How to Read SPF Labels on Sunscreens

How to Read SPF Labels on Sunscreens

Hey FaceTory Fam 💝

We’re talking sunscreen today!
 

We get it, it can get a little confusing with all those acronyms and terms on packaging 😅 So today, we’re going to help you decode the labels on sunscreen! Read on to learn more!  🤗

First, let’s talk UV. UV stands for ultraviolet radiation. The 2 types that affect the skin in a negative way are UVA and UVB. The sun’s energy is extremely strong and is present in these invisible rays that can burn your skin and cause skin cancer. 
Like, really. Don’t underestimate the sun 😳 

UVA

  • Ultraviolet A
  • Has longer rays than UVB and is deeply penetrating
  • UVA rays can also penetrate through glass windows (Yikes! Be sure to wear sunscreen even if you’re staying indoors)
  • An easy trick to remember this is UVA= Aging. Because UVA rays can penetrate deeply, these rays affect the dermis and can cause DNA damage and can speed up signs of aging. 

UVB

  • Ultraviolet B 
  • Causes sunburn and are believed to cause the majority of skin cancers
  • An easy trick to remember this is UVB= Burning. UVB rays are shorter rays that can penetrate the epidermis and can cause sunburn and contribute to causing the majority of skin cancers  


    Now, you know of the sun’s rays, we can break down the labeling system:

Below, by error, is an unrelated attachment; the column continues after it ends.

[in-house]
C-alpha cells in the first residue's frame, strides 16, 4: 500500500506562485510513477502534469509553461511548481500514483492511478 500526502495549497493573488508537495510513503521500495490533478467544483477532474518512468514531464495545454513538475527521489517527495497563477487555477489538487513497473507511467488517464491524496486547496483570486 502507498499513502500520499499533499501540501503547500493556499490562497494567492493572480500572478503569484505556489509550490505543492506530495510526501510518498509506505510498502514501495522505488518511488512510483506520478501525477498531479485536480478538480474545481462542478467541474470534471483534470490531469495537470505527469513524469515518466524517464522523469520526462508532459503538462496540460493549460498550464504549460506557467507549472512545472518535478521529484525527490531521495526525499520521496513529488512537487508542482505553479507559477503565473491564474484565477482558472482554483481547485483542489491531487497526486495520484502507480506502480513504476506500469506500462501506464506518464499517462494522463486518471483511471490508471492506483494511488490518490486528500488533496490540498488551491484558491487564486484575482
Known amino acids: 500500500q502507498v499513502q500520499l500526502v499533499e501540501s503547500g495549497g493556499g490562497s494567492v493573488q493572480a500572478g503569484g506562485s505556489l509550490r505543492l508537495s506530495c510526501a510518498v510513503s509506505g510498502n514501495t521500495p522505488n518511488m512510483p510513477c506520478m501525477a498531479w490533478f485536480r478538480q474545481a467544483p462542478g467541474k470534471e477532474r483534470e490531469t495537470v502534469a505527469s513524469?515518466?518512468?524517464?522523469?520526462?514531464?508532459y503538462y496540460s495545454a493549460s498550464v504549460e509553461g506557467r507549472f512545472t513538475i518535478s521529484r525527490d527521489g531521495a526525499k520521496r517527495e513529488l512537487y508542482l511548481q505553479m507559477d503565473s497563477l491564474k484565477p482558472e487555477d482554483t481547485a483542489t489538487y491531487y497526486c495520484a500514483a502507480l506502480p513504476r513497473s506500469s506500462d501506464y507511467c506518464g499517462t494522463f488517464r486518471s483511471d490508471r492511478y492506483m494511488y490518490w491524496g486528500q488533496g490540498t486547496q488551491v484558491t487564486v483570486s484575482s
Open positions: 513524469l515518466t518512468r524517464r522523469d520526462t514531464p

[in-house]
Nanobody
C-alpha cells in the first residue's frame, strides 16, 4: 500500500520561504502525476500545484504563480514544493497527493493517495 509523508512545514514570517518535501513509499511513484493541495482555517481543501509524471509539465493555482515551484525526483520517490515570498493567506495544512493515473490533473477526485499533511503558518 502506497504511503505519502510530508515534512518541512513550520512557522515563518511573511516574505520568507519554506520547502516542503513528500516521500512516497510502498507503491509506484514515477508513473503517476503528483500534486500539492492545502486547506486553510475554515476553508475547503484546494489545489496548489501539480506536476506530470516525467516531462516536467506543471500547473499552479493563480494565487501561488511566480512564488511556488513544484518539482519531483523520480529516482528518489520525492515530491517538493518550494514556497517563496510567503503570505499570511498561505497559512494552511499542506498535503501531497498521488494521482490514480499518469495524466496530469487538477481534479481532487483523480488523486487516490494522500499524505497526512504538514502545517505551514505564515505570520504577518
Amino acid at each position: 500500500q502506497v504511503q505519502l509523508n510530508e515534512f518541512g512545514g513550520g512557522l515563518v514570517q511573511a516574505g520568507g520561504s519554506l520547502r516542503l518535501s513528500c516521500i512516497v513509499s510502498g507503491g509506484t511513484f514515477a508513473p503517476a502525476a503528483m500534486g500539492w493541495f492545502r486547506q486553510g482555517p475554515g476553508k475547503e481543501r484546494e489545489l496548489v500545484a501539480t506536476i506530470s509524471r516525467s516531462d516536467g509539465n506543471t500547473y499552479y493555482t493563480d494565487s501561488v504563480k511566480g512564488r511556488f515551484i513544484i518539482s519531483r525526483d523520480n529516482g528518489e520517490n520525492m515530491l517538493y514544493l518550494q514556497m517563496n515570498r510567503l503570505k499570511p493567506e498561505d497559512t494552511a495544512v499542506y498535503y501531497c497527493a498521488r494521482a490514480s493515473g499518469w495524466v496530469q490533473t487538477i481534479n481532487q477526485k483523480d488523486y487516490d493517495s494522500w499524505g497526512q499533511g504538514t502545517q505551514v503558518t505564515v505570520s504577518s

SPF

    • Sun Protection Factor
    • This only deals with UVB part of the ultraviolet energy that comes from the sun
    • It measures how long you can stay out in the sun without burning
    • The number that follows SPF tells you how much UVB light it filters
    SPF 15 blocks 93%- 95%
    SPF 30 blocks 97%
    SPF 50 blocks 98%
    • Or you can read it based on time instead of formula. For instance:
    • If it takes you 10 minutes of direct sun exposure for your skin to turn red, applying an SPF 15 sunscreen will give you 150 minutes of sun protection. (SPF15 x 10 minutes= 150 minutes)
    • Note: Skin can become inflamed and cellular damage can develop long before the skin turns red. That being said, your best bet for protection is looking for Broad Spectrum.

    Broad Spectrum

    • A sunscreen that filters both UVA and UVB
    • Zinc Oxide and Titanium dioxide reflect both sections of the spectrum 

    PPD

    • Persistent Pigment Darkening
    • Focuses on UVA exposure only. 
    • Determines the time it takes for skin to tan compared to if it was unprotected.
    • Mainly used in Asia and Europe

    PA 

    • Rates the amount of the UVA protection a product offers
    • Mainly used in Asian countries

    Overall, you want to make sure you are protecting your skin from UVA and UVB rays. Having a broad-spectrum sunscreen will allow you to protect the outermost layer of your skin all the way down to the inner layers of your skin. So please don’t forget to include sunscreen into your skincare routine and apply + reapply! 


    Thanks for reading!


    Love,

    FaceTory 💝